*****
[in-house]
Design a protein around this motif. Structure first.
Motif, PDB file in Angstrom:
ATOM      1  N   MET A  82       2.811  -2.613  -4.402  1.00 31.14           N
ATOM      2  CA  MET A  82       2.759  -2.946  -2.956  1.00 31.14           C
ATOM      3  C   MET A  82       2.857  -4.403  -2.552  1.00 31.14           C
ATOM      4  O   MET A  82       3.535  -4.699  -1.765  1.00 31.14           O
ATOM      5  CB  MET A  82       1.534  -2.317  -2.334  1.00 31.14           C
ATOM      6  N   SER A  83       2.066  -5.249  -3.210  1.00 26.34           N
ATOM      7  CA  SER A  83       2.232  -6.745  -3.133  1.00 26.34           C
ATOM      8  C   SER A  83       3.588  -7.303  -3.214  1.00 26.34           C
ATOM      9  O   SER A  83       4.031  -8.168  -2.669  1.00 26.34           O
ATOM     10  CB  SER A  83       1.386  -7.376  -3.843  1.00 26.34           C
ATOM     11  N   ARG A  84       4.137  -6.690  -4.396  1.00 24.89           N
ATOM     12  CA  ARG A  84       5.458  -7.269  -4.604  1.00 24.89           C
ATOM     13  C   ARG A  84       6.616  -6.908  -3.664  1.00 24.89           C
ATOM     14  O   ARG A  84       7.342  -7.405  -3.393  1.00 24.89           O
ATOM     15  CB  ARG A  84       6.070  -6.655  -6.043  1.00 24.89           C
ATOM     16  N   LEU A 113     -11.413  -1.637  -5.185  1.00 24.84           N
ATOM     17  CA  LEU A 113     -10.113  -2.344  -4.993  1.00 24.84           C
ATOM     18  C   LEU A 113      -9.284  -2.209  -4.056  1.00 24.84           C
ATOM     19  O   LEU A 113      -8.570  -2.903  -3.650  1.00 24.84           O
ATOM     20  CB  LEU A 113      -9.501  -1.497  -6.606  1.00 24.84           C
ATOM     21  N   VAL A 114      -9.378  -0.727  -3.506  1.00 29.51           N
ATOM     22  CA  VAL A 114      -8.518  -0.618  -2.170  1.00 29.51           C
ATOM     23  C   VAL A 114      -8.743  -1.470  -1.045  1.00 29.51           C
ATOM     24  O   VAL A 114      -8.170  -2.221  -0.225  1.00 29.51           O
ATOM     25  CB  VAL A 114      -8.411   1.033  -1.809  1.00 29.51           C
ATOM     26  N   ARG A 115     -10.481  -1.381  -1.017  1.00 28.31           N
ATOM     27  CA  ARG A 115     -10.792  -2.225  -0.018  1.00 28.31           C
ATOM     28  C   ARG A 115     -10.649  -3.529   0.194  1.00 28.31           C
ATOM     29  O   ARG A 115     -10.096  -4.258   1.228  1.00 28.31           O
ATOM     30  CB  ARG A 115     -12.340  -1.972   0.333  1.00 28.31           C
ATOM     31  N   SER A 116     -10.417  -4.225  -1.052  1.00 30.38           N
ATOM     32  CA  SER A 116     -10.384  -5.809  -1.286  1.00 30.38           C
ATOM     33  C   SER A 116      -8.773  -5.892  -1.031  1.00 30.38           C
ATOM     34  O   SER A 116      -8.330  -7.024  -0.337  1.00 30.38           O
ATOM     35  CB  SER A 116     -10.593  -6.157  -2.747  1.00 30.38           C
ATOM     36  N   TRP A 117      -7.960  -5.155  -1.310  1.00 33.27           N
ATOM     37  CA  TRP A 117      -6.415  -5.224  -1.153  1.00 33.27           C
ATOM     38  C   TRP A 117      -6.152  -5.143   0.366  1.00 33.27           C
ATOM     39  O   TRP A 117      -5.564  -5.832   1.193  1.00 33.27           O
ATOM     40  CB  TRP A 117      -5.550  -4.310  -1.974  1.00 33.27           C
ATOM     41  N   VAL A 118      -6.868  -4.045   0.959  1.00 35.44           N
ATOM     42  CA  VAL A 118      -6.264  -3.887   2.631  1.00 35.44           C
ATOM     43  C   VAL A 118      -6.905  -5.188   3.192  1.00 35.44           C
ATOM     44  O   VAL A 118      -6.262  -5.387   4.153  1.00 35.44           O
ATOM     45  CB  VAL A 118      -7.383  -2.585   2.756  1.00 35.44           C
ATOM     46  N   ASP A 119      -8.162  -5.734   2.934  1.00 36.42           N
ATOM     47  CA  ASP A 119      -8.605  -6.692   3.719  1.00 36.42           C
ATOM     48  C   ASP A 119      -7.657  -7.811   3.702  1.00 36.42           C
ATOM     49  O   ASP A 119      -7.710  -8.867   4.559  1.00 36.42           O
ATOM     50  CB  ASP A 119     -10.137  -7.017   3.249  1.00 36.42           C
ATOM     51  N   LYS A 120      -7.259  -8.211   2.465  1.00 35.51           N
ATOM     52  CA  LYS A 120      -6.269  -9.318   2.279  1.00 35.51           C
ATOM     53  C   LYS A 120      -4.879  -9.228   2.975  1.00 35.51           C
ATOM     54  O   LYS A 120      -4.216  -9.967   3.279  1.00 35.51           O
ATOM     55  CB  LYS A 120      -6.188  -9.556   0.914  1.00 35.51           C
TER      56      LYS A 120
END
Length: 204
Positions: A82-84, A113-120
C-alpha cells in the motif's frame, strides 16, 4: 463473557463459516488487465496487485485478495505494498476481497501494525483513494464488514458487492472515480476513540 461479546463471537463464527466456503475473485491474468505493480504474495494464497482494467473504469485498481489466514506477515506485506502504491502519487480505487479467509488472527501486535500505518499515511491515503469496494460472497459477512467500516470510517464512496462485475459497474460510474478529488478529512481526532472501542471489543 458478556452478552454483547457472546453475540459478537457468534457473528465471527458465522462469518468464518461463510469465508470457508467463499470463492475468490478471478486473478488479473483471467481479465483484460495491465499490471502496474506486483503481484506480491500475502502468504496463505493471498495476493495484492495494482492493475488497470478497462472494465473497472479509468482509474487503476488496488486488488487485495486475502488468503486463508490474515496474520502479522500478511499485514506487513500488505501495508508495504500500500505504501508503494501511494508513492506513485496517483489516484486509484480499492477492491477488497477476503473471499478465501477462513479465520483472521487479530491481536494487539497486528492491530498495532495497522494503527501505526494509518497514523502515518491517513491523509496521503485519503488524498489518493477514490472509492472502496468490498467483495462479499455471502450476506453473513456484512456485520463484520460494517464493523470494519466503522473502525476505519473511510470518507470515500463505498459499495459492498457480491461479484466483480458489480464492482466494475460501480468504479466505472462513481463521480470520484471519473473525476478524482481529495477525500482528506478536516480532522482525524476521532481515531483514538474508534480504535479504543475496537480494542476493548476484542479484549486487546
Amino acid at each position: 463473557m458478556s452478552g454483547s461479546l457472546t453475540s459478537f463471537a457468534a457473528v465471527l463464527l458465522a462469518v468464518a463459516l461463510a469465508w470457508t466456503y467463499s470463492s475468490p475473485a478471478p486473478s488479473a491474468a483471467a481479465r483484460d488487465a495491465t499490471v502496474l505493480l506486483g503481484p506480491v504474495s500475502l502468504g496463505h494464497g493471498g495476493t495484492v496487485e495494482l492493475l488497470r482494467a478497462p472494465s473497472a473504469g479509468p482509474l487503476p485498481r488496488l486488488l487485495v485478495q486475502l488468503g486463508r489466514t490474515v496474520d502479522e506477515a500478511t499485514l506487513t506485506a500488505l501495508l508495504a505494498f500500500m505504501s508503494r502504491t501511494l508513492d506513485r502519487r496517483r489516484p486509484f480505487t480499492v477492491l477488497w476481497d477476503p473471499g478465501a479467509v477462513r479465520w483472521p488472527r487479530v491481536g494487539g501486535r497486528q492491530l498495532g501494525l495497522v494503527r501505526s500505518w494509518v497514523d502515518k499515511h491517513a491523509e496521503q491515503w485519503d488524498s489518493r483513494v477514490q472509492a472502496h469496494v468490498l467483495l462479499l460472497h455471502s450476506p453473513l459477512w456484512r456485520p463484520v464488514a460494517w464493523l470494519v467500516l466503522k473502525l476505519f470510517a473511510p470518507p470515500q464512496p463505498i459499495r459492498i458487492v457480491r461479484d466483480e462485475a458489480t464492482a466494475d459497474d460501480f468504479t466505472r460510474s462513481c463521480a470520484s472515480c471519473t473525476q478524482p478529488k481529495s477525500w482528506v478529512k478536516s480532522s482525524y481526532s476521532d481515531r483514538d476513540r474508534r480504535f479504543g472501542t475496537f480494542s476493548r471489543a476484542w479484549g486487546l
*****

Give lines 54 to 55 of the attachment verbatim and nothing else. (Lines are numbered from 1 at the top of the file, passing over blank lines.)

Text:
ATOM     51  N   LYS A 120      -7.259  -8.211   2.465  1.00 35.51           N
ATOM     52  CA  LYS A 120      -6.269  -9.318   2.279  1.00 35.51           C